The six crew members on whom the book focuses are all very different personalities, and have different nationalities, but once in the sky they become as one, and embody the bravery and stoicism of team work under enemy bombardment. By allocating a chapter to each of the crew members, namely, the pilot, co-pilot, navigator, wireless operator and front and rear gunners we are given an emotional glimpse into each of their personal lives. Each of the six have a story to tell and their own special reasons for being aboard Pathfinder on that fateful night in 1942.

I think what makes this novel so special is that it is of its time, and talented though modern writers of WW2 fiction are, they did not live through the events of the Second World War, and as we know, that exceptional fighting generation is now lost to us. However, having a character driven novel penned by a man who was himself a fighter ace of WW1, and who then went on to become a RAF flying instructor during WW2, is what gives Pathfinders such a poignant insight into the human aspect of being part of a bomber crew, of the complexities of flying under extremely difficult circumstances, and of the forgotten lives of those who took to the skies to fight for our freedom.

About the Author

Cecil Lewis (1898 - 1997) was a British fighter ace in the First World War and his memoir Sagittarius Rising became a classic of the literature from that war, considered by many to be the definitive account of aerial combat. He was a flying instructor for the RAF during the Second World War where he taught hundreds of pilots to fly, including his own son. After the war he was one of the founding executives of the BBC and enjoyed friendships with many of the creative figures of the day, including George Bernard Shaw, winning an Academy Award for co-writing the 1938 film adaptation of Shaw’s Pygmalion. He had a long and varied career but retained a passion for flying all his life. In 1969 he sailed a boat to Corfu where he spent the remainder of his life, dying two months short of his 99th birthday. He was the last surviving British fighter ace of the First World War.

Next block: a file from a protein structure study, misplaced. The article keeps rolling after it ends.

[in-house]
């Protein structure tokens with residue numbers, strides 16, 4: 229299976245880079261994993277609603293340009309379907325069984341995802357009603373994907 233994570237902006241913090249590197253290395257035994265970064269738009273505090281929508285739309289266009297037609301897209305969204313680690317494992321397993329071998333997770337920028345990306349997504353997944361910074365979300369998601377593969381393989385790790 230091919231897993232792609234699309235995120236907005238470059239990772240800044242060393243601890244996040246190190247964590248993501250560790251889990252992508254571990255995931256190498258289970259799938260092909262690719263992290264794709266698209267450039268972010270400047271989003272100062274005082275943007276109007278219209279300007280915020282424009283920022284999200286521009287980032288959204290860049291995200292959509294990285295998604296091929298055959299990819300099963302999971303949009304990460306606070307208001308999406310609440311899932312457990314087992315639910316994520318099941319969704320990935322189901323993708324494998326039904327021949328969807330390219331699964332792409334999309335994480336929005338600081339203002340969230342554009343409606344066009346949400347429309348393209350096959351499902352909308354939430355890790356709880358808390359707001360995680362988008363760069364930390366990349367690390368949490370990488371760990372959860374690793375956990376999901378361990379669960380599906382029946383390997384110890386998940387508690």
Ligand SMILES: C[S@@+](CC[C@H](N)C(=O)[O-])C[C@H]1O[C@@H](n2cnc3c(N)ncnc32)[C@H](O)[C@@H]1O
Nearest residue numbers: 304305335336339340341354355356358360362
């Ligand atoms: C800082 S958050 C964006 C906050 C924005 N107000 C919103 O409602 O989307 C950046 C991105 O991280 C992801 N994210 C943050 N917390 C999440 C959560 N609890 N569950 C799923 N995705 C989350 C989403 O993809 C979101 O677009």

IWM (Imperial War Museums) tells the story of people who have lived, fought and died in conflicts involving Britain and the Commonwealth since the First World War. Our unique collections, made up of the everyday and the exceptional, reveal stories of people, places, ideas and events. Using these, we tell vivid personal stories and create powerful physical experiences across our five museums that reflect the realities of war as both a destructive and creative force. We challenge people to look at conflict from different perspectives, enriching their understanding of the causes, course and consequences of war and its impact on people’s lives. IWM’s five branches which attract over 2.5 million visitors each year are IWM London, which will open extensive new Second World War and The Holocaust Galleries in autumn 2021; IWM North, housed in an iconic award-winning building designed by Daniel Libeskind; IWM Duxford, a world renowned aviation museum and Britain's best preserved wartime airfield; Churchill War Rooms, housed in Churchill’s secret headquarters below Whitehall; and the Second World War cruiser HMS Belfast.

Pathfinders by Cecil Lewis is published by IWM 

and can be ordered here: at the online IWM shop

Twitter @I-W-M #WartimeClassics

@AngelamaryMar @RandomTTours


  1. Thanks so much for the blog tour support Jo x

    1. Thanks for the invitation, Anne. This was another fascinating book from Imperial War Museum Classics.